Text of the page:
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Guam is a comparatively small island, and sooner or later, Jose A. Manzon IV may eventually talk to everyone on it about NASBA.

As test center manager, Manzon oversees NASBA's Guam-based international testing and call centers. Both are seeing brisk business, and as a longtime local business leader, Manzon is often asked to speak about them, and about NASBA in general. That's led to engagements in front of multiple community groups and civic organizations, as well as a turn on board the U.S.S. Ronald Reagan addressing military personnel and their spouses.

"It's not a big thing, as I have been doing public speaking for a long time," Manzon says. "But during the last seven years since I have been working for NASBA, I have been doing a lot more. NASBA is a very quiet organization, but I find that there are a lot of people who want to know more about us. They want to know what we do here on the island, and what NASBA in general is all about."

The speeches to Rotary and other civic clubs pretty much detail what NASBA's member boards do, and how NASBA itself is involved in administering the Uniform CPA Examination on the island and elsewhere around the world. Local interest was piqued again when NASBA opened its international call center in April, in a site adjacent to its existing testing center. NASBA's Guam operations now generate more than $6 million in economic impact, and also are heavily involved in the community. Most recently, the center donated 35 computers to the local public schools.

"We are in the newspapers a lot, but I want to make sure people know what NASBA is all about," Manzon says. "That's why I was eager to speak to the military people aboard the U.S.S. Ronald Reagan. These were people with spouses who were already on active duty or were about to be deployed. I was asked to speak about two weeks before the ship came in, along with university and public-safety officials. I told them all about Guam and the opportunities here, so they could transition to life on the island, and also about NASBA. Since we are a company based in the United States, it made them feel a little closer to home."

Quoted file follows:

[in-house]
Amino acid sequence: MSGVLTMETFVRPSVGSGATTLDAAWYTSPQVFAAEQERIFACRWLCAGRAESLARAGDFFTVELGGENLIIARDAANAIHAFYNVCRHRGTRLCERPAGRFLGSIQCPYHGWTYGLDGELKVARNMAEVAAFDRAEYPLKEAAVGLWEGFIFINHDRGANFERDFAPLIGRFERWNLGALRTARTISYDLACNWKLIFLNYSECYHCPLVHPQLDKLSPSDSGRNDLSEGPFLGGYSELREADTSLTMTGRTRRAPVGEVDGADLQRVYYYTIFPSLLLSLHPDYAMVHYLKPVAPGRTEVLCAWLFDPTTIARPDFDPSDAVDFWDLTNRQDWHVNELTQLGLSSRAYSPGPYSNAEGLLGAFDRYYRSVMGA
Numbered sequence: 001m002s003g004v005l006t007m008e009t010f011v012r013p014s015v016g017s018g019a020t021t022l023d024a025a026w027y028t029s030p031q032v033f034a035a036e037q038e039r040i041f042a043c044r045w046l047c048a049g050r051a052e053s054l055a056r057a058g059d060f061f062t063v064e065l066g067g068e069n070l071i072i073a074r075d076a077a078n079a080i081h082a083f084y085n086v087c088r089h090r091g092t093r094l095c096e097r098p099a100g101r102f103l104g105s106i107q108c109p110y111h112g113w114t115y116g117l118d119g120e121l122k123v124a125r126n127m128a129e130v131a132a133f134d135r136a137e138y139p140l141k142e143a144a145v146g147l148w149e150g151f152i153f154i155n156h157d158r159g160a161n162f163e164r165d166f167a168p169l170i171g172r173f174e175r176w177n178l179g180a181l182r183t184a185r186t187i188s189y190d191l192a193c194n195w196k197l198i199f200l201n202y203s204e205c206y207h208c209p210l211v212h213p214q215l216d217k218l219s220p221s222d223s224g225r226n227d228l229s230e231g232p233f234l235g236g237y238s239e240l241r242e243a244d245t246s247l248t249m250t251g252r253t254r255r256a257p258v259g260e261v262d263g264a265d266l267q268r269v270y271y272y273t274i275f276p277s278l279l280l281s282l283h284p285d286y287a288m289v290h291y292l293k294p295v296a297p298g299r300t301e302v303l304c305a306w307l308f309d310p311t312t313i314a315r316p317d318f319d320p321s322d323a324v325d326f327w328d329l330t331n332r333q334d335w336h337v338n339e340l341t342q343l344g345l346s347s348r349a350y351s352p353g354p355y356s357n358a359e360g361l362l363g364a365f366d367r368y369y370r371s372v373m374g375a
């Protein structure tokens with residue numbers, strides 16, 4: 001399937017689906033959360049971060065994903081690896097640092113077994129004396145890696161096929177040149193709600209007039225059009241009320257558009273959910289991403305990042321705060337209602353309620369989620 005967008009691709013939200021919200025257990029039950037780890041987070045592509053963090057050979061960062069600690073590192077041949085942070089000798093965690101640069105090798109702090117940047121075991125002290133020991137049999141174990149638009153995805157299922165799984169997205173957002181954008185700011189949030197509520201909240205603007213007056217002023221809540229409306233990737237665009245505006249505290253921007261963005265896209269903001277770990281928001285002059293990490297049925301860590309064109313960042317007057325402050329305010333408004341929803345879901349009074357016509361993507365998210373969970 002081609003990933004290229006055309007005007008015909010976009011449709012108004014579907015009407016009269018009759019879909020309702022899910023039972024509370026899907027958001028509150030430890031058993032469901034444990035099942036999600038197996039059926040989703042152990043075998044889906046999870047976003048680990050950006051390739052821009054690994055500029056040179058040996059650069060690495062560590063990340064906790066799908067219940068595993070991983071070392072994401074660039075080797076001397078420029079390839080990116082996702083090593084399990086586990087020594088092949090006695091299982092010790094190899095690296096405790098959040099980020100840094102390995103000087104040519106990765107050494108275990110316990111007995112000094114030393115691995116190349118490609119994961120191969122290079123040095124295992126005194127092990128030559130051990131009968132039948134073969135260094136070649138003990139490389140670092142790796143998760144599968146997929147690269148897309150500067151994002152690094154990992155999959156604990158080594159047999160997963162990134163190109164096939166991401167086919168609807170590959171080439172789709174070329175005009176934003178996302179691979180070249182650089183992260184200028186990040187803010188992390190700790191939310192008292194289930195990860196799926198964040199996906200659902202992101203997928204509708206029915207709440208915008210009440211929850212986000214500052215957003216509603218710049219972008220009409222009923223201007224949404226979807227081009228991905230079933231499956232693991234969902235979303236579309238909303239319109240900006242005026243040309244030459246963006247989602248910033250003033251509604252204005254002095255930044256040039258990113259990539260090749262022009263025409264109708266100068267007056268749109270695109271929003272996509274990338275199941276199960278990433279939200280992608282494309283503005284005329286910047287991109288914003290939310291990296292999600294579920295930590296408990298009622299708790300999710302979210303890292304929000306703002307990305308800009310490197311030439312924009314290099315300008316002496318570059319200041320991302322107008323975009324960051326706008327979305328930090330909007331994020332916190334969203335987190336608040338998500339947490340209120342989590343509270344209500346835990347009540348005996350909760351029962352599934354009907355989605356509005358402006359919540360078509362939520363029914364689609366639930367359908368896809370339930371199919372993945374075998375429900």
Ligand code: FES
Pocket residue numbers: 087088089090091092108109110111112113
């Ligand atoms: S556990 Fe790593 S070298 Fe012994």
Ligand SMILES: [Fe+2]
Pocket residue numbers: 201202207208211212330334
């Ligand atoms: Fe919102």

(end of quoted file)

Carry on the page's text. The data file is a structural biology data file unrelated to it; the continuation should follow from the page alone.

Manzon juggles his ever-growing speaking schedule with making sure that the call and testing centers run smoothly."We are still ramping up our operation, but we have learned a great deal already and are working to be even more supportive of the NASBA offices in the United States, and also make sure we handle the candidates' needs in Asia," Manzon says. "We are getting busier and busier as people realize that they can reach a live person almost any time they call, and as more people become interested in the CPA licensing process."

He fields many CPA questions at his speeches as well, and has learned a lot about the field of accountancy over time.

"People want to know what the profession is like now and what NASBA does for it," he says. "I explain how the boards improve the quality of service and protect the public, and how they oversee the activity in their states. I am also able to explain how NASBA works in that structure and talk about how it was founded, and how it has grown in importance over the years."

All in all, Manzon has become something of a goodwill ambassador for NASBA and the accounting profession. It's not what he set out to do, but it's a role he has happily settled into.

"We are a small island, just a few square miles and about 170,000 people. We all know each other to a degree, and we take an interest in each other," he says. "If I can go and talk about NASBA and let people know what a wonderful job it does, then I am happy to go out and speak. I have been asked to speak to the U.S. Department of Education offices, and also again to some military spouses and dependents, so I will just keep going. I always have new things to talk about when it comes to NASBA and the work that we do."